When I first wrote about the RPF Valuation Model in Seeking Alpha on September 28, 2010, I described how the S&P 500 appeared to be undervalued by about 30% based on expected 2010 earnings and current yield on 30-year Treasury bonds. The S&P 500 was at 1,142 and the 30-year Treasury was yielding 3.73%.
Since lower Treasury yields result in a higher predicted price in the model, I calculated the predicted level of the S&P 500 at 1,505 using a 4% yield to be more conservative. This still resulted in a large valuation gap, suggesting that the S&P 500 was undervalued by about 30%. I cautioned that in addition to a change in the price of the index, the gap could be closed by a changed in interest rates or earnings. The gap has closed - today at 1,329 it looks like the S&P 500 is fairly valued with an intrinsic value suggested by the RPF Model of 1,315.
How did the gap close?
The RPF Model bases predicted value on the risk free rate as measured by Treasury yields and trailing operating earnings. The formula is: P = E / (Rf x (1+RPF) – (Rf – 2%) – 2.6%), where:
- P = Predicted Price (Value of S&P 500 Index)
- E = Actual Earnings (Annualize operating earnings for the prior four quarters as reported by S&P). Earnings, while not ideal, are used as a proxy for cash flow and seem to work very well
- Rf = Risk Free Rate as measured using 10 or 30 Year Treasury yields
- RPF = Risk Premium Factor, 1.24 for 1960 – 1980; 0.90 for 1981 – 2001; and 1.48 for 2002 – present. (You can read more about the model in the link to the September 28 article above.)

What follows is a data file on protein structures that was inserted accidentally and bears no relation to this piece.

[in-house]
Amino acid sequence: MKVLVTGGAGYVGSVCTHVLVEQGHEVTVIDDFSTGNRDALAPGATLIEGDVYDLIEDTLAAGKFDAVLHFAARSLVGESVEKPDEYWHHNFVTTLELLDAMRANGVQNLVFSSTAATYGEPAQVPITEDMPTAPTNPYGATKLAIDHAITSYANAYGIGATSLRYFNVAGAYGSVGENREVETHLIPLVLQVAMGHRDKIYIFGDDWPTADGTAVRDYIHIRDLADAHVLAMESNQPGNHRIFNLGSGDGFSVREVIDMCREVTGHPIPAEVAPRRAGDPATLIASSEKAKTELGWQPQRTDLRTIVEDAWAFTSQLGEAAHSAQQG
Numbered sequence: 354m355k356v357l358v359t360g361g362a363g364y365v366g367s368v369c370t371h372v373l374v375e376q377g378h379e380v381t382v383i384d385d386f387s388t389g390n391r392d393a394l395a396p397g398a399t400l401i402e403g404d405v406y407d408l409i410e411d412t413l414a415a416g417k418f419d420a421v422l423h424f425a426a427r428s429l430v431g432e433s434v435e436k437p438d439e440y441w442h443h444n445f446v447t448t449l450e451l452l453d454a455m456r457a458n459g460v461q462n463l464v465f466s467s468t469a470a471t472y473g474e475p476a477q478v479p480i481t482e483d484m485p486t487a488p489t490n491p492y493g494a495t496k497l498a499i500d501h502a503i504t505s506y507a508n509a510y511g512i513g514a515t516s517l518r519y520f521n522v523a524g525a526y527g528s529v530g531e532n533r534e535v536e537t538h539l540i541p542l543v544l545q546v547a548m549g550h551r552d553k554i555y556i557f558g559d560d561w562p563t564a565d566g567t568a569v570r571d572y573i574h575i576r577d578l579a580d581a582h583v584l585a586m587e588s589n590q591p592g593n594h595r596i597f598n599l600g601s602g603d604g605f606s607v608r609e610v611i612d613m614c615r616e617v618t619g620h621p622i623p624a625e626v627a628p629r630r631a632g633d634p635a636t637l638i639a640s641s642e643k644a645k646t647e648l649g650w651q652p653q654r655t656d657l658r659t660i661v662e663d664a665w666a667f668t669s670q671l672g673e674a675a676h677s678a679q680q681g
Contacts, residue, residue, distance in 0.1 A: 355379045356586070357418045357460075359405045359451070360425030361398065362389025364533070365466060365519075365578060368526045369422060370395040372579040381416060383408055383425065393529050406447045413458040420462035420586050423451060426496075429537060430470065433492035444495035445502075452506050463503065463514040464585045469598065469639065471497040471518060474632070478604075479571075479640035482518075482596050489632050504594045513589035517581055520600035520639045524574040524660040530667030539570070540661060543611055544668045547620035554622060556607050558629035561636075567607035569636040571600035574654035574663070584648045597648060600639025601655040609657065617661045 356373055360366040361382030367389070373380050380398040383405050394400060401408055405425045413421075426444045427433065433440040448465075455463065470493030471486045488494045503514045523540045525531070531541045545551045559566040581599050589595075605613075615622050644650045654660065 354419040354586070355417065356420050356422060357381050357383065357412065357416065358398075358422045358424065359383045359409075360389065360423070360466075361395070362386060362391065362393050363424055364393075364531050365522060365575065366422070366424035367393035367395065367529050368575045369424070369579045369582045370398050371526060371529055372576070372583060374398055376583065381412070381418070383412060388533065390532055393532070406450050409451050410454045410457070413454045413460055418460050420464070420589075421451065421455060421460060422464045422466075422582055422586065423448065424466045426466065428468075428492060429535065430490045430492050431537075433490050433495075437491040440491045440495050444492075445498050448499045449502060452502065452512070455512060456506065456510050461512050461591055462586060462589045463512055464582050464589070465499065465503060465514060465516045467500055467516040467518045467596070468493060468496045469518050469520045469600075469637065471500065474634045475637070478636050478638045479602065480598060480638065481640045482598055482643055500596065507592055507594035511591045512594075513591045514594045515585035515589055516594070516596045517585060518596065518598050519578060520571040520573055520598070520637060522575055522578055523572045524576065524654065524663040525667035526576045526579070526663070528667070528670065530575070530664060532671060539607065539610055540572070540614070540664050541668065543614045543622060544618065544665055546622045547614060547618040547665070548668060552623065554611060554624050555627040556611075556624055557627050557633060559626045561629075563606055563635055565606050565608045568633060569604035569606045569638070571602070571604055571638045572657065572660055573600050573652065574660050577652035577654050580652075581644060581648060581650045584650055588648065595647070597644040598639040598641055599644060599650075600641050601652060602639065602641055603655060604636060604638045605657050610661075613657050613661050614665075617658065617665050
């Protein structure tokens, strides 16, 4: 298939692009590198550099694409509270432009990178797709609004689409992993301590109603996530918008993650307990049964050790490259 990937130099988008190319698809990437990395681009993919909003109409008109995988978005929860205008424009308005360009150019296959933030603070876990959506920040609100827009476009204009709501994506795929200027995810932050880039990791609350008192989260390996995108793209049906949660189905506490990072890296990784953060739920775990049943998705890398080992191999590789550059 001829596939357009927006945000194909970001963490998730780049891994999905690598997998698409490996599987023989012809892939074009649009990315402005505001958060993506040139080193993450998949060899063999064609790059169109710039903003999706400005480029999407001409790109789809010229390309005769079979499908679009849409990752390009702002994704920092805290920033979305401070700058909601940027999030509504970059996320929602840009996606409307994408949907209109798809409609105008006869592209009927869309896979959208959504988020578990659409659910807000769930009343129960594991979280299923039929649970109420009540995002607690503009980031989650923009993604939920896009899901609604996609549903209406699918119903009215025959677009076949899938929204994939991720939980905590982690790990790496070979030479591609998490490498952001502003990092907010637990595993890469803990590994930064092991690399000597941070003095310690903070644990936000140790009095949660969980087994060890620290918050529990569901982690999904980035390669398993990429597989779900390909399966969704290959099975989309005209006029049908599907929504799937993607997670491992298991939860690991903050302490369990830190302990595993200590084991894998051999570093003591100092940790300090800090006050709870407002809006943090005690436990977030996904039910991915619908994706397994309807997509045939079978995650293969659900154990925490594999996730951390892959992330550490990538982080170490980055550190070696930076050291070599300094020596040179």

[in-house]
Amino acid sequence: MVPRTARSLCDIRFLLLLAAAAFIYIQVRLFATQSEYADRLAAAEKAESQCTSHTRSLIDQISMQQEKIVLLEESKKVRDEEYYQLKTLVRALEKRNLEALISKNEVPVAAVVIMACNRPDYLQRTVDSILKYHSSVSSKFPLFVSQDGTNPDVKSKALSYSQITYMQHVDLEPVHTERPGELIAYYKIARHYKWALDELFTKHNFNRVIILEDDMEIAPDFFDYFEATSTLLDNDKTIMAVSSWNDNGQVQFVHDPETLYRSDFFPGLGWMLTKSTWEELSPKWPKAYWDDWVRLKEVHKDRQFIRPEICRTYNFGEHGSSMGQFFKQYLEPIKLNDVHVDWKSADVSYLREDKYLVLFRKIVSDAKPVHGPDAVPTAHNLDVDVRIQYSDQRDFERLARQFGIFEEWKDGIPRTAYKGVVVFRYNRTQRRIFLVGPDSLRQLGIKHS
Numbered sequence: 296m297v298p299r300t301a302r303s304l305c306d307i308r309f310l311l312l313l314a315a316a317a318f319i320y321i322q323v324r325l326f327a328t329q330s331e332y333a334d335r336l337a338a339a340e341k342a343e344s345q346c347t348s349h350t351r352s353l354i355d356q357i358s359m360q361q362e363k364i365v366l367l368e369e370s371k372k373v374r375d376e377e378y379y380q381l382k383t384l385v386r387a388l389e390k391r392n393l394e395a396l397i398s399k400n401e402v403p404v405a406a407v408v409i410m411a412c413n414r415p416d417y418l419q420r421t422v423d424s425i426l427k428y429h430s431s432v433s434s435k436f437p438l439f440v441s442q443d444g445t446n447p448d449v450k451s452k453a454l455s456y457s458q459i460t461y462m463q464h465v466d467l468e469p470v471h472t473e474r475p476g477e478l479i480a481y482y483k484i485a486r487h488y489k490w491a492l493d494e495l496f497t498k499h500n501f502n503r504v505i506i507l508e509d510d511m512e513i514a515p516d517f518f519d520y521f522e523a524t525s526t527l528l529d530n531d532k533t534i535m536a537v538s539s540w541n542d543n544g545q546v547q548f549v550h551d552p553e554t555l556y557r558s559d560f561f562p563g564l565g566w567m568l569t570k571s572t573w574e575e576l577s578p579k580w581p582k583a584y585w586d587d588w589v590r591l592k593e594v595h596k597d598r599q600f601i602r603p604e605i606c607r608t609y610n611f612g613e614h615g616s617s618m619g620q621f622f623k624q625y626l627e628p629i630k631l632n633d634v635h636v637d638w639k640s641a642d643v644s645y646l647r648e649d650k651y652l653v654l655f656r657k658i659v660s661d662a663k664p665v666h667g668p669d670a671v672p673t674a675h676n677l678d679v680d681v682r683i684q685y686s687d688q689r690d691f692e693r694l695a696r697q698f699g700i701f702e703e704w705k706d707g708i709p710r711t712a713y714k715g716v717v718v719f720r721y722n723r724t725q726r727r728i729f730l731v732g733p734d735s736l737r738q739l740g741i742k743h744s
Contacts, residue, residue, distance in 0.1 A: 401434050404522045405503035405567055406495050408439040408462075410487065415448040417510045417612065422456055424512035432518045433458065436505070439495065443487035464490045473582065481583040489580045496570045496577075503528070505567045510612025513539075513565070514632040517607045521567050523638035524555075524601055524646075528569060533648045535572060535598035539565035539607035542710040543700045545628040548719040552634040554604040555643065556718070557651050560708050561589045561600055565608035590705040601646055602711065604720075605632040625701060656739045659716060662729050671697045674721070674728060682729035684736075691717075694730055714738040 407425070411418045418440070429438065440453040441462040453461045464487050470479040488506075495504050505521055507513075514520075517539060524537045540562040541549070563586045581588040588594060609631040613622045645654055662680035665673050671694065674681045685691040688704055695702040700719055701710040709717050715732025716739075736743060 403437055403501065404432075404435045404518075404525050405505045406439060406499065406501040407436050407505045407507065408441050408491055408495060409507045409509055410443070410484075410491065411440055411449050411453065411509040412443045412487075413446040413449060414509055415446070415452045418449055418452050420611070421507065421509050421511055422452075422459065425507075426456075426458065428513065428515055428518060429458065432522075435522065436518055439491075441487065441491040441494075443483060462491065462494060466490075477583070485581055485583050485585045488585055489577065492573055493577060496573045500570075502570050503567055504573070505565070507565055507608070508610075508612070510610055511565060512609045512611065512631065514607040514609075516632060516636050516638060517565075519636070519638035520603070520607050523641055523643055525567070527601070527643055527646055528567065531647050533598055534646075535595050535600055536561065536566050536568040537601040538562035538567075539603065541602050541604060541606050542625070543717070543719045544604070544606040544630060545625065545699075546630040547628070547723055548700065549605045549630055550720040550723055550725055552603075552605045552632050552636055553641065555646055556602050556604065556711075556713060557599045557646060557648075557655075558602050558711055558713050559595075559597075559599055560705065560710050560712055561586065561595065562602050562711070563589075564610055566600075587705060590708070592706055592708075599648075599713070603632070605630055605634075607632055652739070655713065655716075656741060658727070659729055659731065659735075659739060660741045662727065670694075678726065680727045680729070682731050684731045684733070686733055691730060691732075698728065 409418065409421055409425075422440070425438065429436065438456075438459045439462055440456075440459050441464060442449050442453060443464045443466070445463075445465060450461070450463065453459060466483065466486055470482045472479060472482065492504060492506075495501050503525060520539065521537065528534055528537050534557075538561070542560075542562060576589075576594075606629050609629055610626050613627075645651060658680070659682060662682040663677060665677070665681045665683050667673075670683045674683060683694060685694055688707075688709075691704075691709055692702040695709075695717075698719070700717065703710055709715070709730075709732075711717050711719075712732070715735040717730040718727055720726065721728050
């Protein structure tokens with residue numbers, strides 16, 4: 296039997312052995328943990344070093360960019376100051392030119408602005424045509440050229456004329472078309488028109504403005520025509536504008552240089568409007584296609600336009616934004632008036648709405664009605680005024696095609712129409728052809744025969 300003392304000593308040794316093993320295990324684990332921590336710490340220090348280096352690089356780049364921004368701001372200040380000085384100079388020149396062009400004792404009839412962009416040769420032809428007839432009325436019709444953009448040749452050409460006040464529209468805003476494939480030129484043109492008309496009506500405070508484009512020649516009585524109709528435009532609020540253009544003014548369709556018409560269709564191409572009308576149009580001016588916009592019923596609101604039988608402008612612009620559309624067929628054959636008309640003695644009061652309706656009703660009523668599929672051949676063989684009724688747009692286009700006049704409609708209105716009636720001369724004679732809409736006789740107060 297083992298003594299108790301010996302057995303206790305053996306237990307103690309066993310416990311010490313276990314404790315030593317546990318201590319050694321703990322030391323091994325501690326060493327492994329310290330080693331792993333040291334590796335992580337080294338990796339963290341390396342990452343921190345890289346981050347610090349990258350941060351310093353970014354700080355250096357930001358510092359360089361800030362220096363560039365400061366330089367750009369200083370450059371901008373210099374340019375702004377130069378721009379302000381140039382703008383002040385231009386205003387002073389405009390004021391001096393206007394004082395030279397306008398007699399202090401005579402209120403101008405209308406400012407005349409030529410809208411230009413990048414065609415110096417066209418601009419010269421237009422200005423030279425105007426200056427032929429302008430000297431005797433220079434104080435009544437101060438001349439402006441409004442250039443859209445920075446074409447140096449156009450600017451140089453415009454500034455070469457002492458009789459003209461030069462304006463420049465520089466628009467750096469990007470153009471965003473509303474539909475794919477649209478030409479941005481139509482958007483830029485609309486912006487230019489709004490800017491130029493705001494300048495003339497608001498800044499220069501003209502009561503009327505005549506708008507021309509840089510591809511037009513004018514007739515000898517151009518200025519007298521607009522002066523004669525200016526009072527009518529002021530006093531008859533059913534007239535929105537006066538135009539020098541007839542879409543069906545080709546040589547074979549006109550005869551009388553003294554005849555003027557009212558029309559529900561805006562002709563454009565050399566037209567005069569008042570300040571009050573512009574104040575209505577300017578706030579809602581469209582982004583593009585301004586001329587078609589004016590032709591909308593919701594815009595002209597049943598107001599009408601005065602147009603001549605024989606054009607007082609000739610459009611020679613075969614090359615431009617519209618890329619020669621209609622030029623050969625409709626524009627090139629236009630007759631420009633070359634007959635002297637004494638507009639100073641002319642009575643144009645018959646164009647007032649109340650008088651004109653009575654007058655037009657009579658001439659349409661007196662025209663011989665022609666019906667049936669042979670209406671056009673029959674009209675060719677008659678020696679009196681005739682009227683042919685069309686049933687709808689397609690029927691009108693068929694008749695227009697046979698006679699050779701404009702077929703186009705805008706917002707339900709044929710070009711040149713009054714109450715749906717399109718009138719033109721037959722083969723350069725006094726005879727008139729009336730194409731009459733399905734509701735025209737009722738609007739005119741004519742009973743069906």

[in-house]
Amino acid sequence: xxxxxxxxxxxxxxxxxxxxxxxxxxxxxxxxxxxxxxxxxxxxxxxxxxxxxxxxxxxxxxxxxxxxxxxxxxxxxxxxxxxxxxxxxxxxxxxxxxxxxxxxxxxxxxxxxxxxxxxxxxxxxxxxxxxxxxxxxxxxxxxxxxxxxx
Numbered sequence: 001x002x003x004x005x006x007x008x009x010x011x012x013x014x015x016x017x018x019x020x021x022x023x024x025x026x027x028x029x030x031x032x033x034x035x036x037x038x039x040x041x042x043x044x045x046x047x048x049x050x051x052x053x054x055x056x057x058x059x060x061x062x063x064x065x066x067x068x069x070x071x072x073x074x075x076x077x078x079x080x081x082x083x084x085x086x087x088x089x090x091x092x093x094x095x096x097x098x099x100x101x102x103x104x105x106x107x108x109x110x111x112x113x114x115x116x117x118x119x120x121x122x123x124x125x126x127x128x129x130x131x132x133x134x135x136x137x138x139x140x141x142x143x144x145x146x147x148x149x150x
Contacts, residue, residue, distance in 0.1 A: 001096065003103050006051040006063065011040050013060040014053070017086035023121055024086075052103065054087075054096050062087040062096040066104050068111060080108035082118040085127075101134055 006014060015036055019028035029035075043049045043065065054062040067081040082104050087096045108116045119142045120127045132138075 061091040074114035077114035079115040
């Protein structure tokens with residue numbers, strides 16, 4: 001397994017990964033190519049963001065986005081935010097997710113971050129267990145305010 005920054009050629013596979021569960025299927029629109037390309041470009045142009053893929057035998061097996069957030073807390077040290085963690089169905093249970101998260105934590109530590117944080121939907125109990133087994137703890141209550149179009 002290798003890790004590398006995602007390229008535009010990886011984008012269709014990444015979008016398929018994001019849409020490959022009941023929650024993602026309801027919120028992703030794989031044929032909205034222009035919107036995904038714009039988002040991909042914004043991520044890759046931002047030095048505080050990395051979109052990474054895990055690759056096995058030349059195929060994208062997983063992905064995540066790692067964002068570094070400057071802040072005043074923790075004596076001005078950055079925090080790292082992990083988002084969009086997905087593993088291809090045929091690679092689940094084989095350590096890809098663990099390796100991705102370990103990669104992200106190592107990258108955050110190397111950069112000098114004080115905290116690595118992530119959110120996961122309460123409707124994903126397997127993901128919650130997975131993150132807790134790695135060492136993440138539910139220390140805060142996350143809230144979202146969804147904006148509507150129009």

Since September 28, the S&P 500 is up about 16%. Earnings are also up 5% to $83.94 and the yield on the 30-year has jumped to 4.72%. As you can see from the formula above, when Treasury yields rise, the predicted value of the S&P 500 falls. The table below summarizes the impact of each factor that caused the predicted and actual values to converge.
Change in Predicted Due to Treasury Yields
Change Due to Earnings
Total Change in Predicted
Actual Change in Index (9/28/10 - 2/11/11)
As shown above, the biggest since factor was the rise in Treasury yields that caused the predicted value of the index to fall by 21%, followed by a 15% rise in the S&P 500 Index which accounted for the remainder of the convergence.
Developing Your Own Forecast
Since the index is highly sensitive to Treasury yields and earnings, future performance is dependent these two factors. In order to develop your own set of expectations for the S&P 500 Index, you need to apply your view on these two factors to the model. You can use the formula above to calculate predicted value of the S&P 500 based on your expectations or download my RPF Value iPhone app to perform the calculation based on your own inputs.
Based on expected earnings for 2011 of $92.00, the analyst average in my December 16, 2010 article, and a Treasury yield of 4.7%, the S&P would end 2011 at about 1,441, falling to 1,353 if the 30-year rises to 5.0%. You can use the calculator to perform these and other sensitivities to develop your own view of the market.